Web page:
Andy: Exactly! In the wrong direction. You take four pounds of healthy marine fish, and you convert into one pound of farm fish. And by the way, you have equity impacts because those fish that you’re feeding would be cheaper than the salmon per pound. They would be therefore more likely to be eaten by working class people, poor people, regular people. The farm salmon is going to be flown north and fed to a rich American or a rich European or a rich Japanese person. And, by the way, it’s going to underprice your good, honest American wild salmon fisherman… who, by the way, is doing a good job right now. The wild American Alaskan salmon fishery is a good fishery– well-managed, pretty abundant, and it’s twice as expensive as the farm salmon. But that’s a fish. If you want to eat salmon, you should pay for the American wild salmon.
Denver: Got you. One of your major undertakings to address this entire issue is a partnership that you have with an organization called Rare, and with Encourage Capital. And this is being funded by Bloomberg Philanthropies with a focus on a couple of key countries. Tell us about Vibrant Oceans Initiative and the impact that you’re seeing from it.
Andy: Bloomberg challenged us about three years ago in a way that was really helpful to our strategic thinking. He came to us and said, “I’m thinking about doing ocean conservation, but I’m not going to do it unless you can deliver a measurement for me, a consistent measurement on what you’re getting done.” And he asked us to think about it the same way they thought about the battle against tobacco. And Bloomberg, as you know, has funded a lot of battles to stop people from smoking. And he measures the results of all, and a lot of that is through policy advocacy – tax cigarettes, make it hard for children to buy them and so forth and so on. He measures the results of that by lives saved – people still living because they didn’t get addicted to cigarettes. So he asked us, “Can you do the same for fish?” And my first answer was “Absolutely not. I don’t know how to do that.”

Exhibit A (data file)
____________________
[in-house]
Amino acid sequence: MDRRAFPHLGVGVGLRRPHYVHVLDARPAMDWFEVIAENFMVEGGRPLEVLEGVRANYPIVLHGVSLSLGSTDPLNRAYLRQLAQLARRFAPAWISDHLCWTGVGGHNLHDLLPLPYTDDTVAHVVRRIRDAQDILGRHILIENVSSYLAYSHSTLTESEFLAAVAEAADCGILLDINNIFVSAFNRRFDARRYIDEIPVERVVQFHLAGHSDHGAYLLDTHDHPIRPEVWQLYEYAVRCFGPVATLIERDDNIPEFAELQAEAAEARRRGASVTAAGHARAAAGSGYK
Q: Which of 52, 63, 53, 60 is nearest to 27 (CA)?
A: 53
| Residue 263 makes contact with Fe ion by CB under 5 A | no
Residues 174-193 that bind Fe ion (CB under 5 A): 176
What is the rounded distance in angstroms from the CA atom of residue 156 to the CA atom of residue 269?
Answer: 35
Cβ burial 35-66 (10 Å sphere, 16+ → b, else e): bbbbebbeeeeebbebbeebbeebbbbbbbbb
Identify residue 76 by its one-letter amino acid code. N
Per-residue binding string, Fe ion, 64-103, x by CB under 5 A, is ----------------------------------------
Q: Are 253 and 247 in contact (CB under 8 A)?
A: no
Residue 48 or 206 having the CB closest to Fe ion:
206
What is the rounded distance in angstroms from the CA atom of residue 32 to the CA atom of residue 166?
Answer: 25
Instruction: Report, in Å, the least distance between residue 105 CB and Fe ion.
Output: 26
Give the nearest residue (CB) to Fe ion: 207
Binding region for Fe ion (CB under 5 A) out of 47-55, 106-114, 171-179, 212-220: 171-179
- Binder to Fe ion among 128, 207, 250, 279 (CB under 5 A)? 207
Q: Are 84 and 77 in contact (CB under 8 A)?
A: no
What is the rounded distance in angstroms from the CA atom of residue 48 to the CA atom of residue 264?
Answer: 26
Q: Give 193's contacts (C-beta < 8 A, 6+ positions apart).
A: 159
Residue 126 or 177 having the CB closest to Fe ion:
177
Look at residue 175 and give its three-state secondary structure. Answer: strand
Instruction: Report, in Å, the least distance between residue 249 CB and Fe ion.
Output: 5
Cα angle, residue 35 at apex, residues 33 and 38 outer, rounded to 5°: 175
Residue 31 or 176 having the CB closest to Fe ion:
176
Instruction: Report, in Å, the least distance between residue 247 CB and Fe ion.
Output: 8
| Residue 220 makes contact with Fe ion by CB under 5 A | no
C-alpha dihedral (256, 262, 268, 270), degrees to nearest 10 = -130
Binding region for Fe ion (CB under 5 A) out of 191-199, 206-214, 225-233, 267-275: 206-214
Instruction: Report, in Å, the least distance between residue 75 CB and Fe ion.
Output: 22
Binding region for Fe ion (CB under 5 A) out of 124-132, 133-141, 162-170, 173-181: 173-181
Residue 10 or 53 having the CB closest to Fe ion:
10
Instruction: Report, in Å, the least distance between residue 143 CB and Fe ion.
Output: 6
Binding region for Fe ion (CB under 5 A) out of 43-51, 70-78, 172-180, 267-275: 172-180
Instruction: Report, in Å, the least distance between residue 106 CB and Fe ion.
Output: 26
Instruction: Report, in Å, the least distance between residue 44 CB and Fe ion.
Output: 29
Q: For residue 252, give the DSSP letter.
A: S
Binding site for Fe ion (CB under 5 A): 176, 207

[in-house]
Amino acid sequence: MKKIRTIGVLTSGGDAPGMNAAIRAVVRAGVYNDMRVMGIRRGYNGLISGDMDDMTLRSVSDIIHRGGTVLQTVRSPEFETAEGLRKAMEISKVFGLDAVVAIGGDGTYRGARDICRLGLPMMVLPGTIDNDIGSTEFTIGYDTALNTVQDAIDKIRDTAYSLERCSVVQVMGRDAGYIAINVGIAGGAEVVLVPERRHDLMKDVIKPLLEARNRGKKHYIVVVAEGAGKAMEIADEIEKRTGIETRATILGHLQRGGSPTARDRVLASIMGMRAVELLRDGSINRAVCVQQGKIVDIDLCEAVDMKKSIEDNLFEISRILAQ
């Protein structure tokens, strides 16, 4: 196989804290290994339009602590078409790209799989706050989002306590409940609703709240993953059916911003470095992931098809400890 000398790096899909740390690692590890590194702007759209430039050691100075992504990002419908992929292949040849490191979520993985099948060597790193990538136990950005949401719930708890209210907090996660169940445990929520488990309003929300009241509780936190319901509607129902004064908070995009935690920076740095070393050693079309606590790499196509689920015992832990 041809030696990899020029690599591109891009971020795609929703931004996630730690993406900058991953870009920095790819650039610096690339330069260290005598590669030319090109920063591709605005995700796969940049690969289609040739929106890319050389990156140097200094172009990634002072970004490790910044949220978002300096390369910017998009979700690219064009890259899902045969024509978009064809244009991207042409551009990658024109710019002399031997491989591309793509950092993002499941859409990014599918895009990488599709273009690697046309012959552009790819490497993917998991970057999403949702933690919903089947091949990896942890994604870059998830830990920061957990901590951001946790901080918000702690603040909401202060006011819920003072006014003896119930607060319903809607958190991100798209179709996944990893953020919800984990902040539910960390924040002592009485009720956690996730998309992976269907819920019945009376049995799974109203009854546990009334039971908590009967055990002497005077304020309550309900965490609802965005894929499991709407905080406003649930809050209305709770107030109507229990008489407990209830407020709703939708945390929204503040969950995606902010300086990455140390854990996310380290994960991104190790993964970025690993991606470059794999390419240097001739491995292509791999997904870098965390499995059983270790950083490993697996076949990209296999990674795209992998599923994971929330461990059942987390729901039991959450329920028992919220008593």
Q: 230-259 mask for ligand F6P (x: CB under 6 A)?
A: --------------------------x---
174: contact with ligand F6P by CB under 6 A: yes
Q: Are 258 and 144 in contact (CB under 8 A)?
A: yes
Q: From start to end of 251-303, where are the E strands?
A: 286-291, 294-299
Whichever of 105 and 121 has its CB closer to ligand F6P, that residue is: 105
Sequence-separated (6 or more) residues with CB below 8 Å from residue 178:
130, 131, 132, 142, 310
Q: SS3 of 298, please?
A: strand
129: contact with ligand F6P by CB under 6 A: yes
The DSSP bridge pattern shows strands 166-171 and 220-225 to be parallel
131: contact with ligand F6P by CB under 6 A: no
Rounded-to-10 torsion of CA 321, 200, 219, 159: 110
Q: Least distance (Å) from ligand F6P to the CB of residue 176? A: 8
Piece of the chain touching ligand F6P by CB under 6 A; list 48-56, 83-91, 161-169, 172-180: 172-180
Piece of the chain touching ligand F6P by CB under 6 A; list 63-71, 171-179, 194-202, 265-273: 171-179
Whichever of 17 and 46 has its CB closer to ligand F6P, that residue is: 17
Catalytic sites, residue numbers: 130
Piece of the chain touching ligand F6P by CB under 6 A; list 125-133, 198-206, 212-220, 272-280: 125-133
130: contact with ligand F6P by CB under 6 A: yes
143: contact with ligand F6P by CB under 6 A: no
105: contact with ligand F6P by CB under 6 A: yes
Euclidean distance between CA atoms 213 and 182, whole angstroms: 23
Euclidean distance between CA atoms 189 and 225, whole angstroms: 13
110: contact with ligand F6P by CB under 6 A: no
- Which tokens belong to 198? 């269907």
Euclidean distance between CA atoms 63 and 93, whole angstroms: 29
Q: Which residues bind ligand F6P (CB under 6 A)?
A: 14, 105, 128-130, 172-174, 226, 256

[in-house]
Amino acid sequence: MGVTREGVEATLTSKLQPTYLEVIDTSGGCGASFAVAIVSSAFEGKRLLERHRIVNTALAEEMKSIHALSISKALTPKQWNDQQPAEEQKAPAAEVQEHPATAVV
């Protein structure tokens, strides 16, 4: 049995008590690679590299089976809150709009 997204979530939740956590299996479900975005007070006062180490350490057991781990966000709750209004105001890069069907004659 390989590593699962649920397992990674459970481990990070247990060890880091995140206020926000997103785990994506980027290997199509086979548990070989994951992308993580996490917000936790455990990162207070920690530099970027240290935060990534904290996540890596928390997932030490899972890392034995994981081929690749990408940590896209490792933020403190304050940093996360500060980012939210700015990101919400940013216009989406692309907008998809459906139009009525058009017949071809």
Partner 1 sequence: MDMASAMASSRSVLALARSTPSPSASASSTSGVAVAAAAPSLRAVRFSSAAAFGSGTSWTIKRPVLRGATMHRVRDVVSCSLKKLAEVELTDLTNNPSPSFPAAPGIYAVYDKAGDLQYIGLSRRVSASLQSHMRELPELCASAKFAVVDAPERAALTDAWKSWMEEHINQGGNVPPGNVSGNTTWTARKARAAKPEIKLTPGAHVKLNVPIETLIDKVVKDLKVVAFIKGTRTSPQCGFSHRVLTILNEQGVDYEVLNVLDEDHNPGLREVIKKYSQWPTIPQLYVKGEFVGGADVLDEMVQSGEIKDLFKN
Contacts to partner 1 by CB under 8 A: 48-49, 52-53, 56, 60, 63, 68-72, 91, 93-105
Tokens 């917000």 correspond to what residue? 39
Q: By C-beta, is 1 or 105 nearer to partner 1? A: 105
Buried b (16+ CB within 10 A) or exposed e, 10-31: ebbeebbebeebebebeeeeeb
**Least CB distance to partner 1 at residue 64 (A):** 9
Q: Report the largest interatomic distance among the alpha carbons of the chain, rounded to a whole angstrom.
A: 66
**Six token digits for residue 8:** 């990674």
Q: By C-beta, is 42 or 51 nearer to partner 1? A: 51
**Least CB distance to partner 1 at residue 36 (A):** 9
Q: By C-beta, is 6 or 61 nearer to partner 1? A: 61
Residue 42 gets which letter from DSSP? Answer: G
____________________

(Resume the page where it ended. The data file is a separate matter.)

Denver: Where do I go?
Andy: Yes. I mean, we’ll have a turtle campaign and a whale campaign and so forth, and I don’t know how to add three turtles equals one whale… equals four reefs… equals a shark. And so, then I went away and thought about it and said, “Wait a minute. There is a way to do this,” and that’s to measure the food value of a rebuilt ocean, and that gives us a consistent measure of what we’re achieving for Mayor Bloomberg.
So we went back to him with that idea. He said, “I love it. I’ll fund you to go to the Philippines and to Brazil and to win policy changes in those countries that will put more fish in those oceans.” And we’ve been doing that in partnership with Rare and Encourage Capital for the last three years. We just had a board meeting about two weeks ago in the offices here in New York of Bloomberg Philanthropies and reported very directly back to our funders there on our progress. We’ll have a big five-year initial grant, five-year period. So we’re going to come up to a real test in about a year or so on whether he’s happy with what we’re doing. But I think we’re going to have a really nice success story to talk about.